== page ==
Confronting Global Racism
Race is staring us in the face. Confronting and dealing with it is highly emotional and disturbing, so much so that in polite company, it's unspeakable. But we can't avoid it, because racism has become global.
Malaysian social commentator Chandran Nair's new book, "Dismantling Global White Privilege," is a book that confronts racism by calling it a privilege. Is White Might right? Do Black Lives Matter? Should Yellow be identified with Cowardice and Peril? Identifying race with colour is so highly charged that no one can discuss it objectively. For a person of colour, to criticise white behaviour is often dismissed as subjective bias. For the white media to label others as corrupt, aggressors, enemies, evil, low IQ, is considered objective free speech. Fair deal?
Nair's book is a battle cry to create a more free, equal world, where skin colour should not be a barrier to a more just planet. The book is a cringing read, because every page challenges our assumptions of daily life—that it is free, equal and democratic with rule-based order.
The pandemic proved that the world is not free, when the poor, aged and weak can't afford vaccines and are free to die in even very rich countries.
The world is not truly democratic because if every one of the 7.8 billion global citizens had a vote, the one billion rich, powerful and mostly white people would be out-voted with a very different global order.
The rules-based order raises the fundamental question—who sets the standards, norms and rules? Can we have a proper conversation on whether these rules are fair to all, and are at least enforced fairly, justly and transparently?
Nair has looked comprehensively at white privilege from the angles of history, business, media and publishing education, culture, sports, fashion, and sustainability. It would be facile to dismiss him as biased.
But what does it mean to be white?
White sociologist Robin DiAngelo sums up racism as a black/white binary system that posits a world of evil racists and compassionate non-racists—that is itself a racist construct. Racism as a term was introduced to the English language in the 17th century with colonialism, plantation slavery and exploitation, linking whiteness with freedom and blackness with slavery. Even today in Latin America, there is a "pigmentocracy," in which power and social status are associated with lighter skin colour. That holds true in other societies.
In her latest book, "White Fragility," DiAngelo asks, "How were we, as white people, able to enjoy so much racial privilege and dominance in the workplace, yet believe so deeply that racism (has) changed direction to now victimise us?" Her example resonates with anyone watching Hollywood movies, "When actors audition, they are most often judged by white people, using white standards for roles written by white writers and intended for white audiences… precisely because the system reflects white interests and worldview, white people will not see any of this in racial terms. They are confident that we can represent all of humanity—if no Asian actors apply, we don't question casting efforts."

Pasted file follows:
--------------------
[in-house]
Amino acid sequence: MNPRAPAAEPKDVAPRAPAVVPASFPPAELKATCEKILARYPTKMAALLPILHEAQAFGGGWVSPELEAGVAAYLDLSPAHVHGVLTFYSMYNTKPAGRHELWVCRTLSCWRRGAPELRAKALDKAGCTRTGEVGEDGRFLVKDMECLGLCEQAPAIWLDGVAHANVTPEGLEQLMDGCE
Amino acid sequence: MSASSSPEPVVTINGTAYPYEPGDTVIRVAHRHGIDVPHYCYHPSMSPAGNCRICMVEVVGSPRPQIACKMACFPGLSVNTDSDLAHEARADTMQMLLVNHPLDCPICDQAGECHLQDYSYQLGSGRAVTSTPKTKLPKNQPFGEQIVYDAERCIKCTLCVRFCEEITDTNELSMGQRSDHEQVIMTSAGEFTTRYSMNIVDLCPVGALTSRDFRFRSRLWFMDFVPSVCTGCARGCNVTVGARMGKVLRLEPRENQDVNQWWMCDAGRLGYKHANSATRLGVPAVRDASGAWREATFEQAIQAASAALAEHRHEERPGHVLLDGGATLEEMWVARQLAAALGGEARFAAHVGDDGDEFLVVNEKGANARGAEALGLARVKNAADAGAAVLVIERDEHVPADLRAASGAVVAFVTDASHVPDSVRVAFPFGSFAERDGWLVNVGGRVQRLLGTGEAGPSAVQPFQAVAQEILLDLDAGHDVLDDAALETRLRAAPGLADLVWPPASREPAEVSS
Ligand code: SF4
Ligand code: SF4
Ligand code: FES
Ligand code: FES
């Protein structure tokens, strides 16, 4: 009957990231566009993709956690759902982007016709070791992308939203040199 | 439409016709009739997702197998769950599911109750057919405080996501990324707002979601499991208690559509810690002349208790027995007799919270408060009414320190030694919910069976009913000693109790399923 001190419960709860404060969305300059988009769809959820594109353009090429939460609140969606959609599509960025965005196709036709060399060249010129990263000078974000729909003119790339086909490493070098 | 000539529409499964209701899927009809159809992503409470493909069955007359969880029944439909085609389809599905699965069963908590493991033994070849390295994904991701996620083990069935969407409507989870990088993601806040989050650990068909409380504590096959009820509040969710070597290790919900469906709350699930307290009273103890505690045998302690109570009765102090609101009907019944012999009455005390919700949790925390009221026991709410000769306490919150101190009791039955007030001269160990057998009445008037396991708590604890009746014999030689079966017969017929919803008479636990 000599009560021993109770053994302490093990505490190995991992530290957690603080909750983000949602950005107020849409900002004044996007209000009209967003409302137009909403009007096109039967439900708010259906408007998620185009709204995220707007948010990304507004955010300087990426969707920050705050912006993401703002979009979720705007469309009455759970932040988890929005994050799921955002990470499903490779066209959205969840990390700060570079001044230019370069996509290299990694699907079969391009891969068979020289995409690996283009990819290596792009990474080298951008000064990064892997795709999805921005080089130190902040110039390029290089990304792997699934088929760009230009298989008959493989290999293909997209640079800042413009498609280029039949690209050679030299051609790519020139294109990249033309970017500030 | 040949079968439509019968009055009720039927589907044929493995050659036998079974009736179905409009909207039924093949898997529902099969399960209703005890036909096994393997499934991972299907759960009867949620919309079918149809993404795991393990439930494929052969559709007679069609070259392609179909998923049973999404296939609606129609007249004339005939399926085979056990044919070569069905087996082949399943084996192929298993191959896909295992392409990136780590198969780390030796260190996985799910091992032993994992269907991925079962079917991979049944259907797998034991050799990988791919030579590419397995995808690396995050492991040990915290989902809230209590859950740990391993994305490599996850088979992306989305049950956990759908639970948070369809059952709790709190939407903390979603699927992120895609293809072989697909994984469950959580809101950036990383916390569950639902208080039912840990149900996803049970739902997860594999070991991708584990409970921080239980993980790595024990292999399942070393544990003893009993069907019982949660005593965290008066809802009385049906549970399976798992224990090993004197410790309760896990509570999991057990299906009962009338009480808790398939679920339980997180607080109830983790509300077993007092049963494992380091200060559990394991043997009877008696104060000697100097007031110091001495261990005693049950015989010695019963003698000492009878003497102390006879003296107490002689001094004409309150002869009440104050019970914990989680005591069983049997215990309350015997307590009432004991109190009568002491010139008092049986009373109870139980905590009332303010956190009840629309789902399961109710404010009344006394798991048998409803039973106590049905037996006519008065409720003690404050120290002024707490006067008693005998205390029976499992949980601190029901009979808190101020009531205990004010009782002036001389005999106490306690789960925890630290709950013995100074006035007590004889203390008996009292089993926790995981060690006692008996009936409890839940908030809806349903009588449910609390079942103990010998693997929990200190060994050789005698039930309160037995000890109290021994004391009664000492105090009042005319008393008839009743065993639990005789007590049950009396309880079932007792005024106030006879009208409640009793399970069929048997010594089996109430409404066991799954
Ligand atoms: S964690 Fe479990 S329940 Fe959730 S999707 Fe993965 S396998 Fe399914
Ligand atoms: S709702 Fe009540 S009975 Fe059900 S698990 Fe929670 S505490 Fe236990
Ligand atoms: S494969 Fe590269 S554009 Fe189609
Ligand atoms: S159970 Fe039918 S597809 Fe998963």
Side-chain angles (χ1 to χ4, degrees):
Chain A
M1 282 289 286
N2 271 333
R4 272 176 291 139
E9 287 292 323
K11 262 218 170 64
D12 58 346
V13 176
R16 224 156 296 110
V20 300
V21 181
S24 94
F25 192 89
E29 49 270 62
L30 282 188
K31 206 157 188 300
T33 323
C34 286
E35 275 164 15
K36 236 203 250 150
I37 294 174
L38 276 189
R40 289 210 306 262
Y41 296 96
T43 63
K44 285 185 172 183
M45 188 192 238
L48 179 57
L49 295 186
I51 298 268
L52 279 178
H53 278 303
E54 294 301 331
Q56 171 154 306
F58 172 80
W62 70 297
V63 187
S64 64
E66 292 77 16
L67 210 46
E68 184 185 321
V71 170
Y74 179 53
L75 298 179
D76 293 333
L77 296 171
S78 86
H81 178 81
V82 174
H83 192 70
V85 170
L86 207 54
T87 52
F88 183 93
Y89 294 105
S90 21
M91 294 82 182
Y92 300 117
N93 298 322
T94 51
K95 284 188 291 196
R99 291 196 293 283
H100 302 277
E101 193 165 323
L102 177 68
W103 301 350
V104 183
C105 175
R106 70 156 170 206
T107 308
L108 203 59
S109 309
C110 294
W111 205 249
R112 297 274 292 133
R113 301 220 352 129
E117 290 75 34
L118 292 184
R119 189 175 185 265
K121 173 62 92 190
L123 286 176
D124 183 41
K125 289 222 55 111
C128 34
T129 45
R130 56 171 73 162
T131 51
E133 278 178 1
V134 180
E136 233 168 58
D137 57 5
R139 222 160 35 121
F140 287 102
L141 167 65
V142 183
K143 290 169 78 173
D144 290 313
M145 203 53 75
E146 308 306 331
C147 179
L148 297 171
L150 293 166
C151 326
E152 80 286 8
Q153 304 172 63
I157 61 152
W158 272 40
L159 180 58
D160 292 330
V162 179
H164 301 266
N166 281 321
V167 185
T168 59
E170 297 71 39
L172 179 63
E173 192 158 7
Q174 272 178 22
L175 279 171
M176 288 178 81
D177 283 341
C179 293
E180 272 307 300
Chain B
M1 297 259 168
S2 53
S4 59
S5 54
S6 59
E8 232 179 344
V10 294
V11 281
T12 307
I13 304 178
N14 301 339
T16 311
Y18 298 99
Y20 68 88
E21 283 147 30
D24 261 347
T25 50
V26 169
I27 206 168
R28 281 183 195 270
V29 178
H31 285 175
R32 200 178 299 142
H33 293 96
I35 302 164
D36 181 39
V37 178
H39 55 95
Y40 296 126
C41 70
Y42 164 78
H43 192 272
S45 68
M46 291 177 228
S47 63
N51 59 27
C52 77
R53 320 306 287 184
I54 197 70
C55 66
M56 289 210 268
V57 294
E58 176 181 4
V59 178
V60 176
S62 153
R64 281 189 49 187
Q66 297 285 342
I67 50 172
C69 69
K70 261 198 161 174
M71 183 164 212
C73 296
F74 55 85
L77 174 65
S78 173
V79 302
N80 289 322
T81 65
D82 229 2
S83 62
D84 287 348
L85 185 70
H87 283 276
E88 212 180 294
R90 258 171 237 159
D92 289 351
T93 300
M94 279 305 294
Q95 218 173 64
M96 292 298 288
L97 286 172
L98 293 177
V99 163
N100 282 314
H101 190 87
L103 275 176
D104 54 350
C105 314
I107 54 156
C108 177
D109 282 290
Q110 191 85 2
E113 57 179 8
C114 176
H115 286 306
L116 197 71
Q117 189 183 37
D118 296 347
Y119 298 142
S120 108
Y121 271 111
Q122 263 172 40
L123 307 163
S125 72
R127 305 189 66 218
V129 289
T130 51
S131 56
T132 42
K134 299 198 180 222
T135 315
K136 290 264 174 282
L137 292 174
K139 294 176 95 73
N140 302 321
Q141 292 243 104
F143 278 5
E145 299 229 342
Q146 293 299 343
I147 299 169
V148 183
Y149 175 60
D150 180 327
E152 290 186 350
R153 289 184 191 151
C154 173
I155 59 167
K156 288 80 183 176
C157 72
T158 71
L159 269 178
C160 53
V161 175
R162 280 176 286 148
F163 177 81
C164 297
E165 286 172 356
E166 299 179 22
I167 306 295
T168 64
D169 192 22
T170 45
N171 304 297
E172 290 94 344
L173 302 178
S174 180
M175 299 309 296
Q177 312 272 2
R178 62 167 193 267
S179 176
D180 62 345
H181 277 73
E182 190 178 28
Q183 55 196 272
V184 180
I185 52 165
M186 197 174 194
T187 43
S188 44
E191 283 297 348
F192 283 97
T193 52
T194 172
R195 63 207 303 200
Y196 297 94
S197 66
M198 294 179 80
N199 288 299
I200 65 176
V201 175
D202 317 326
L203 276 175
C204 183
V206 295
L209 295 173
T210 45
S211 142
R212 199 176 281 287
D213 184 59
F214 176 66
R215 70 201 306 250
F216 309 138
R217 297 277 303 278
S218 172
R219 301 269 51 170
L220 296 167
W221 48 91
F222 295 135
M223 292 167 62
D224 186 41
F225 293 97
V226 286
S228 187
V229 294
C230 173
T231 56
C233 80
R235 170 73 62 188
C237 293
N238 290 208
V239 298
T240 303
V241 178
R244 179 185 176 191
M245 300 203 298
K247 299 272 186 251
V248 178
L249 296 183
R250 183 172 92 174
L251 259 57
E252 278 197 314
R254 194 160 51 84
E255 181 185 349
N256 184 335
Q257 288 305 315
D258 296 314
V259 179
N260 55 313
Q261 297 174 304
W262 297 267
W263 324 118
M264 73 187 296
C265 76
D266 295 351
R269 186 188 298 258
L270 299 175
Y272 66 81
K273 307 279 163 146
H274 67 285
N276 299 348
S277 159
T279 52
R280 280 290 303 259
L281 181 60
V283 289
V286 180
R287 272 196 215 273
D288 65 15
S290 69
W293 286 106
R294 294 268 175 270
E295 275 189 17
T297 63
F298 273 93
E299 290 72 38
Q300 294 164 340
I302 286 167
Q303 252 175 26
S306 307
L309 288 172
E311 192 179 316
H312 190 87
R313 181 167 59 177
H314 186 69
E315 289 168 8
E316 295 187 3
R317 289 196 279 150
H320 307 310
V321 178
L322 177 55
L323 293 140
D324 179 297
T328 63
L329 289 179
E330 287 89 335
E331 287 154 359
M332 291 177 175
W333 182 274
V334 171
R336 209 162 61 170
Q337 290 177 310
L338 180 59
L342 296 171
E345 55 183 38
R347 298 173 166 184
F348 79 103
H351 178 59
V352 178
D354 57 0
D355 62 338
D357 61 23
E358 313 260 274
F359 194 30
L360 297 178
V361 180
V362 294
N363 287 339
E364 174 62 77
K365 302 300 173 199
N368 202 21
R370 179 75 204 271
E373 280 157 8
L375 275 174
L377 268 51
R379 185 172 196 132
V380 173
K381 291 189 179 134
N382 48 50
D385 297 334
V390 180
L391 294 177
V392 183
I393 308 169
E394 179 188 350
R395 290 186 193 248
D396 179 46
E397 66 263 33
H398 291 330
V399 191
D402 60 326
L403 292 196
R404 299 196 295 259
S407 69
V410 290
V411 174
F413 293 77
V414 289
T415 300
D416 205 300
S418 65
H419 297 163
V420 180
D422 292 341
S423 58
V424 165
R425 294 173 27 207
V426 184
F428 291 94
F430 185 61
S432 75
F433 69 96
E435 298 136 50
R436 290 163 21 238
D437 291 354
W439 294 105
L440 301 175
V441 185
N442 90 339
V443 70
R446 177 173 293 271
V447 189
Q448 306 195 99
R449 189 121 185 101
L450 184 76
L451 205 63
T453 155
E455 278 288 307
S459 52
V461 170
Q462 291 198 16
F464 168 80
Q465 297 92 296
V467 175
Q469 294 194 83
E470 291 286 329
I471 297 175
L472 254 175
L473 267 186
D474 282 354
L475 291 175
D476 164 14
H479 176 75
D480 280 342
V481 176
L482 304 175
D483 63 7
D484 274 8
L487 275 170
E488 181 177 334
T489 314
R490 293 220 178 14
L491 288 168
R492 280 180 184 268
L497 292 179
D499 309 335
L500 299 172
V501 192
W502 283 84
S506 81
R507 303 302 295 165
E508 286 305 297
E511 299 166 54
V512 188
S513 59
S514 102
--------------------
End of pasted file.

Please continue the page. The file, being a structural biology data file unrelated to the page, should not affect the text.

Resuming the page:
The bias built into current standards that is Western, Educated, Industrialised, Rich, and Democratic (WEIRD) was first observed by Canadian psychologists Steven J Heine and Ara Norenzayan in their survey of psychological studies, which were mostly based on Western college students with WEIRD characteristics. The biased sample behaviour is then generalised as global representative standards.
Nair concludes that change can come by rejecting the three Es: Entitlement, Exclusivity and Exceptionalism.
But will change happen?
DiAngelo sums it up best: White fragility is a reaction from both white liberals and conservatives. The conservative populists want to fight against any challenge to the erosion of white rights, whereas the progressives want more state intervention to address inequities. She, however, thinks that "white progressives cause the most daily damage to people of colour." Polarisation stalls change, because the right is against state intervention, whereas the left calls for more, not realising that it creates a dependency syndrome that is neither fiscally nor socially sustainable.
My personal view is that racism is often an excuse not to address the wicked problems of social injustice and planetary destruction. Blaming each other will not work anymore for the existential issues that face us. Race is only a mask over deep injustices locked down into our psyches of power and hierarchy. Technology has enabled us to begin a conversation at local, communal, corporate, state, regional and global levels on how to shape a world of peace and sustainability, rather than demonising each other and beating the drums of war.
I commend Nair's book to be read, even if what he says is uncomfortable to many.
Andrew Sheng is adjunct professor at Tsinghua University, Beijing and the University of Malaya. He was formerly the chairman of the Securities and Futures Commission, Hong Kong.
Copyright: Asia News Network